Research: Sensors Will Read Mackinac Bridge
Researchers based out of Michigan State University will be adding more data-tracking sensors to the Mackinac Bridge this summer—sensors that will read data that can contribute to maintenance of the Mighty Mac’s structural components.
Deployment of the sensors began in 2016, funded by the Federal Highway Administration, when MSU associate professor of civil and environmental engineering, Nizar Lajnef, and Washington University in St. Louis professor, Shantanu Chakrabartty, started placing the sensors beneath the bridge.
Bridge Sensor Research
According to the Mackinac Bridge Authority, the Mighty Mac, which opened to traffic in 1957, is currently the fifth longest suspension bridge in the world, and is the longest suspension bridge in the western hemisphere. The Mighty Mac’s total length runs 26,372 feet, with a 3,800-foot-long main span. The initial testing phase passed muster, and demonstrated that it was ready to move on to further testing.
The first 20 prototype infrastructure sensors, originally installed in the beginning of 2016, were powered solely by traffic vibrations. Now, for the next phase of testing, 2,000 sensors will be installed to investigate large-scale deployment and provide useful monitoring data to the Mackinac Bridge Authority.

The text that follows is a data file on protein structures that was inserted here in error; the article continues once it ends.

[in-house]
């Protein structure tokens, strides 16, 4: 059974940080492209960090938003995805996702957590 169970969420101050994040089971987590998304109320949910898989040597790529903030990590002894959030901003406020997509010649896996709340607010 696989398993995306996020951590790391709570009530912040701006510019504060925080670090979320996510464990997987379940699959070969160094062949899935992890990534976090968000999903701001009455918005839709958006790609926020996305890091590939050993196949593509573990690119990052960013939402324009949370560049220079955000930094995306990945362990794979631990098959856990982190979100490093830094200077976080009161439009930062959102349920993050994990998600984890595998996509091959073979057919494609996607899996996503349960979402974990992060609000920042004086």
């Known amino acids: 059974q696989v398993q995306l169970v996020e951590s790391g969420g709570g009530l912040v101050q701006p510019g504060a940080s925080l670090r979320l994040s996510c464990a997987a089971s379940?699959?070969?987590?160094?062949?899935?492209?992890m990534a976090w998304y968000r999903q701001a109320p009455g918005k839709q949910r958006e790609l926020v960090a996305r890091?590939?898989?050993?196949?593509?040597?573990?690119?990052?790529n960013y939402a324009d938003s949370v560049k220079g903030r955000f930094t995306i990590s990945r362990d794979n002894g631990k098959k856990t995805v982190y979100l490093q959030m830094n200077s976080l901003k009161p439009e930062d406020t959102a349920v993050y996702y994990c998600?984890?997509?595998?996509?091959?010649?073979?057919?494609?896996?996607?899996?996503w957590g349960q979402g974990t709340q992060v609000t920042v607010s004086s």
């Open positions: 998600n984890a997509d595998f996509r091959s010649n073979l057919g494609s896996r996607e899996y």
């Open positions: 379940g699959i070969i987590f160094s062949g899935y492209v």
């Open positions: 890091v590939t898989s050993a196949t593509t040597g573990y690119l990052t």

"The successful large-scale deployment of this novel low-cost sensing technology will dramatically transform the economics of bridge preservation/management and ultimately improve the serviceability of bridges," Lajnef said.
"We also will explore how the collected data could be used for improved cost-effective, condition-based maintenance of the Mackinac Bridge structural components. We are very excited that this will be the first fully instrumented bridge in the country using advanced wireless and self-powered monitoring technology."
The sensors have no external power source, which eliminates the need for battery chargers or wiring to power sources. Staff will also be able to access data from the sensors wirelessly.
"In addition to being a statewide need, the development of effective methods for preserving our transportation infrastructure systems is a critical national need," Lajnef said.
"Through this largescale deployment, we would show that the system can autonomously monitor the loading experienced by the bridge components, and that the information from the sensors can be collected without significant human intervention and at significantly low cost."
Bridge Authority staff will assist with the installation of the sensors. The agency will also retain ownership of the data, and WUSTL will provide the sensor prototypes. MSU will oversee providing tools to analyze the data for bridge staff to use in making structure engineering and maintenance decisions.